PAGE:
In order to understand the value of games for learning, it is important to play games - good games, bad games - just play them. As you do try to identify what makes them fun (or not). Try to identify what the game is teaching (ALL games teach something). Here are some great examples of games to get you started along with some notes on what to watch for along the way.
Plants vs Zombies (Win/Mac/iPhone/iPad) - Great example of teaching the game as you play, mastery and choice. This is also one of the most fun games you will ever play
Our Courts (web) - This game illustrates the power of learning by failure and giving the player choice.
Bakesale (web) - In addition to teaching the Newsvendor business model, Bakesale also tracks player data for real-time performance analysis and assessment.
Cell Craft (web) - Nice example of how games put the learner into a role and immerse them in context.
Angry Birds (iPhone/iPad) - A very fun game. Requires mastery of each level before moving on to the next level
Fold It (Win/Mac) - Great example of a game that solves real world problems through game play. Players identify all possible permutations of a protein molecule which is inherently difficult for a computer to do, but can be done relatively easily by a human.
Hideout (iPad) - An interesting approach at building games for young children (kindergartners) - also aligns to Common Core standards.
Minecraft (Win/Mac) - This game, perhaps more than any other, shows what it looks like to allow players to just explore. Not many rules, just some basic parameters, and a lot of creativity.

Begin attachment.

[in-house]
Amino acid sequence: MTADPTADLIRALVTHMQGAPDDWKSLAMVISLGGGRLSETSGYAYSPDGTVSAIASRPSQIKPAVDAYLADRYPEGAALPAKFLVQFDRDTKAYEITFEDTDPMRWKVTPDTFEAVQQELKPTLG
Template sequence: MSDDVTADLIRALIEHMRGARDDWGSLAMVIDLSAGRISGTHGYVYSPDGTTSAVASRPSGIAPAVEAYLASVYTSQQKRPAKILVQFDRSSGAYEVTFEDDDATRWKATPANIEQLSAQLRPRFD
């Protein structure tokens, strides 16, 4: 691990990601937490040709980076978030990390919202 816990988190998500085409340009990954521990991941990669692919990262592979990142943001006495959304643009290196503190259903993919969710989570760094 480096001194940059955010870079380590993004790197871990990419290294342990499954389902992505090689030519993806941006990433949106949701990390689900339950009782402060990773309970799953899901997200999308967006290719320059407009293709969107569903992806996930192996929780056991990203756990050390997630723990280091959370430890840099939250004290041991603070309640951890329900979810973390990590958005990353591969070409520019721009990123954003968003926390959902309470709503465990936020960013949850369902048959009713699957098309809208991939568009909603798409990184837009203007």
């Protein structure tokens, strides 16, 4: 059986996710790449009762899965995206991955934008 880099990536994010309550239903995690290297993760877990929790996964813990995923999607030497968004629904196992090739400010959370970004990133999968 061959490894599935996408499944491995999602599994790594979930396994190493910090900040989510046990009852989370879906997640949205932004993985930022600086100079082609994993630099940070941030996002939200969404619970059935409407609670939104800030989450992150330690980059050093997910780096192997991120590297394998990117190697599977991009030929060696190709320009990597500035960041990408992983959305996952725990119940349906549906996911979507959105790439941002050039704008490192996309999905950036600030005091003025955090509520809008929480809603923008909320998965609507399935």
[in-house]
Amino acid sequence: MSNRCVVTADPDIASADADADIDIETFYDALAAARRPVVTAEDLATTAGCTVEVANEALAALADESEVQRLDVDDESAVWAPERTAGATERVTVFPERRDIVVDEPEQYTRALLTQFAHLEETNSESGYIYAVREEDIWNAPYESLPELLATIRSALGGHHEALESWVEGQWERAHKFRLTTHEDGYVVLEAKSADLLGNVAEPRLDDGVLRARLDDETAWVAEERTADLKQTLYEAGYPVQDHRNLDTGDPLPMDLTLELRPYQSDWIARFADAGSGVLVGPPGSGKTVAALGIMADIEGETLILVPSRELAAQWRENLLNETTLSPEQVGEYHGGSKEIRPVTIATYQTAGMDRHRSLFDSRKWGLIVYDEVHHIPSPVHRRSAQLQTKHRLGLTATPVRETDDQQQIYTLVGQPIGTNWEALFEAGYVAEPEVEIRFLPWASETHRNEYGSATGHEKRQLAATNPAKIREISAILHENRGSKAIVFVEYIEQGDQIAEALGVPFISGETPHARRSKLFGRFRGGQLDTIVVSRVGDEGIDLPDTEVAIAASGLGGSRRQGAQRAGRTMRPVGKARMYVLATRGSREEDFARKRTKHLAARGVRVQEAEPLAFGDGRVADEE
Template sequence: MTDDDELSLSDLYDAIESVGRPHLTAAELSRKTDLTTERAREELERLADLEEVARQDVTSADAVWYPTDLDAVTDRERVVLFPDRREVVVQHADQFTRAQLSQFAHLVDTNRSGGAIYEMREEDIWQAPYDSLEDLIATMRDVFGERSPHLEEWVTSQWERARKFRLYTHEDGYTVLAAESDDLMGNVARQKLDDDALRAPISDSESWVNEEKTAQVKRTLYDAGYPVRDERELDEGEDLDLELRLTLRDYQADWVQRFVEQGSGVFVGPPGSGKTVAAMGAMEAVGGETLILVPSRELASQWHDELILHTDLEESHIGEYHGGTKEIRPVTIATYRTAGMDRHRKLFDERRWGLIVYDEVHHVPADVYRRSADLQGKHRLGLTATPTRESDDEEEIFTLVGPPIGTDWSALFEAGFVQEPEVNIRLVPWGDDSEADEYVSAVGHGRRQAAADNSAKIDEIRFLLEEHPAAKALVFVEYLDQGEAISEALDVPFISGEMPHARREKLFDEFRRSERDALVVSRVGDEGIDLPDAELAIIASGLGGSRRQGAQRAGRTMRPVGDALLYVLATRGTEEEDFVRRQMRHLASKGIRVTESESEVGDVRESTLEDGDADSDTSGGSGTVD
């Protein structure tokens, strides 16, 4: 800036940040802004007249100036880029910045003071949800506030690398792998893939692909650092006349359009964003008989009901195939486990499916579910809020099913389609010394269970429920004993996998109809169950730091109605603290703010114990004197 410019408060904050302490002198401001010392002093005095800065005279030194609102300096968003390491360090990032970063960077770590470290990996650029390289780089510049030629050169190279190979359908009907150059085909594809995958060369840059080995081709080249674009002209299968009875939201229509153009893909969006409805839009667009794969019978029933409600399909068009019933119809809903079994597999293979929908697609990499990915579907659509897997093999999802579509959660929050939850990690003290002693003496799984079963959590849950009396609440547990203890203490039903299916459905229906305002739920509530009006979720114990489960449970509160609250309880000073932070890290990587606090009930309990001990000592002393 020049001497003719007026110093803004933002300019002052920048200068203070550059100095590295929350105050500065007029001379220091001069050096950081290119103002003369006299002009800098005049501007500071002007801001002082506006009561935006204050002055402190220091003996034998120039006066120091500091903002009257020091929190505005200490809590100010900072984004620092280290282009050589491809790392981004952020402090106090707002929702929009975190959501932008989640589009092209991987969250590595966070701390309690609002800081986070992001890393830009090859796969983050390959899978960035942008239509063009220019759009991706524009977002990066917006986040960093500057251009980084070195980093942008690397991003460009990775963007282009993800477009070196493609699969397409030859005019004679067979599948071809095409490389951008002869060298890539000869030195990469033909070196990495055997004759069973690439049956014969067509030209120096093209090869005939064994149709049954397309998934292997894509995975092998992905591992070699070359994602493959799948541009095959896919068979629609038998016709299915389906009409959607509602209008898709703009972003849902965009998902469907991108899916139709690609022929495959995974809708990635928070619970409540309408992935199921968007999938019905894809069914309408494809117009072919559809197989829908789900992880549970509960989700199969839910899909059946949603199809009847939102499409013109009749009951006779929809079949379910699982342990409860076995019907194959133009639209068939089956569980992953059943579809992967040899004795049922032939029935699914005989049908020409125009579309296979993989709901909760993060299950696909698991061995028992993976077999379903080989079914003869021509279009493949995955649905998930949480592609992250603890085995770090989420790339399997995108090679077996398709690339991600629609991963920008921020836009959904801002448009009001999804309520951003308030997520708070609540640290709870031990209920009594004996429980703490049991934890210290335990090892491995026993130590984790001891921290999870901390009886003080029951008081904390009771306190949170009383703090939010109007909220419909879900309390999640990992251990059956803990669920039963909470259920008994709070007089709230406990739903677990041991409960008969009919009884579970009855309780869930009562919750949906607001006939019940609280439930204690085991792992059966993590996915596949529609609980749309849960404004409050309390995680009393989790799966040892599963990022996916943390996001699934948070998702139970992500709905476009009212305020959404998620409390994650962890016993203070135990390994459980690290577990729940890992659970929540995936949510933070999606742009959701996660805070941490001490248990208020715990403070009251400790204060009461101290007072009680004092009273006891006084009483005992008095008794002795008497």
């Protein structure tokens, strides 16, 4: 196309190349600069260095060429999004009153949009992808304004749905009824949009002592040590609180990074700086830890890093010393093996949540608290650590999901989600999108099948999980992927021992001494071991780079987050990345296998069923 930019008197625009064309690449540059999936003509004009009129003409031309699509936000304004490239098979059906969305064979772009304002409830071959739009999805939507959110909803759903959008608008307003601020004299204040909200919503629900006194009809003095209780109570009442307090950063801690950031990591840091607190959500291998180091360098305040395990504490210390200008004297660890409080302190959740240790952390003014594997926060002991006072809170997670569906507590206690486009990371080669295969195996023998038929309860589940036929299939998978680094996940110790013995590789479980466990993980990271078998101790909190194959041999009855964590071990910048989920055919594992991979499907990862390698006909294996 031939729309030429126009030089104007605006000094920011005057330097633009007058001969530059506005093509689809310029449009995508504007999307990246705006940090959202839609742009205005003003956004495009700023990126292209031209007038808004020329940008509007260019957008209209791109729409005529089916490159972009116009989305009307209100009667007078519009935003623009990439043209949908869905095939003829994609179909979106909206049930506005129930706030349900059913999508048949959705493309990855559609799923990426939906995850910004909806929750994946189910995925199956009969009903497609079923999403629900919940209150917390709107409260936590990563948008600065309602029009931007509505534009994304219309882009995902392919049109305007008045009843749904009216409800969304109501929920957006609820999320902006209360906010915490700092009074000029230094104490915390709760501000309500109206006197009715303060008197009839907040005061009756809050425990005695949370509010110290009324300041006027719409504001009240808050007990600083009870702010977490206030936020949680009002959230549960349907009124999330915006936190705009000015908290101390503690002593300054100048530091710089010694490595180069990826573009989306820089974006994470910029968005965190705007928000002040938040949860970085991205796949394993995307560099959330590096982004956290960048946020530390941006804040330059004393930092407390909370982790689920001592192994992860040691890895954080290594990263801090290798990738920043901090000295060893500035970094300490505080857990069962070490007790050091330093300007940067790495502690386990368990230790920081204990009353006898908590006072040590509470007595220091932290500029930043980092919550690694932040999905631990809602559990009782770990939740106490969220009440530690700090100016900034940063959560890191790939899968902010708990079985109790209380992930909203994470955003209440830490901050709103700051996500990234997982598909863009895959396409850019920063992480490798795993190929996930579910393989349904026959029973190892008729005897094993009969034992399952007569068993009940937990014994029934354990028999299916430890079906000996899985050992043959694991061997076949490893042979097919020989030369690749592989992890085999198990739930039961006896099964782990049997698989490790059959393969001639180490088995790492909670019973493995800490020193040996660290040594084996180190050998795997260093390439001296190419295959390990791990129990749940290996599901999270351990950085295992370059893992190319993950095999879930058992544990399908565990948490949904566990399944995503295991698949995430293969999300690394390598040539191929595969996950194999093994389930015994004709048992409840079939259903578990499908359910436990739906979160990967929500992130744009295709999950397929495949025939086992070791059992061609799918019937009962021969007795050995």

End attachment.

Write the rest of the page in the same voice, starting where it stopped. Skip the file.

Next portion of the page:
Candymonster (iPhone/iPad) - A fun and addictive game - but as you play it pay attention to how powerful a "quick win" can be. Often it's more powerful to keep the tasks very simple and easy to master, especially at the beginning of a game.
Civilization (Win/Mac) - Shows the power of choice and exploration - also some nice learning elements.
Save! the Game (iPhone) - This is a great example of a really horrible game. It's supposed to teach kids how to save money, but all it actually teaches is how to click on things (dexterity). Be careful to make sure that the game play is aligned to the learning objective
Trainyard (iPhone, iPad) - Simple concept but very addictive. Does a good job of teaching how to play while you play. Great example of mastery (you can't go to the next level until you've mastered the current level)
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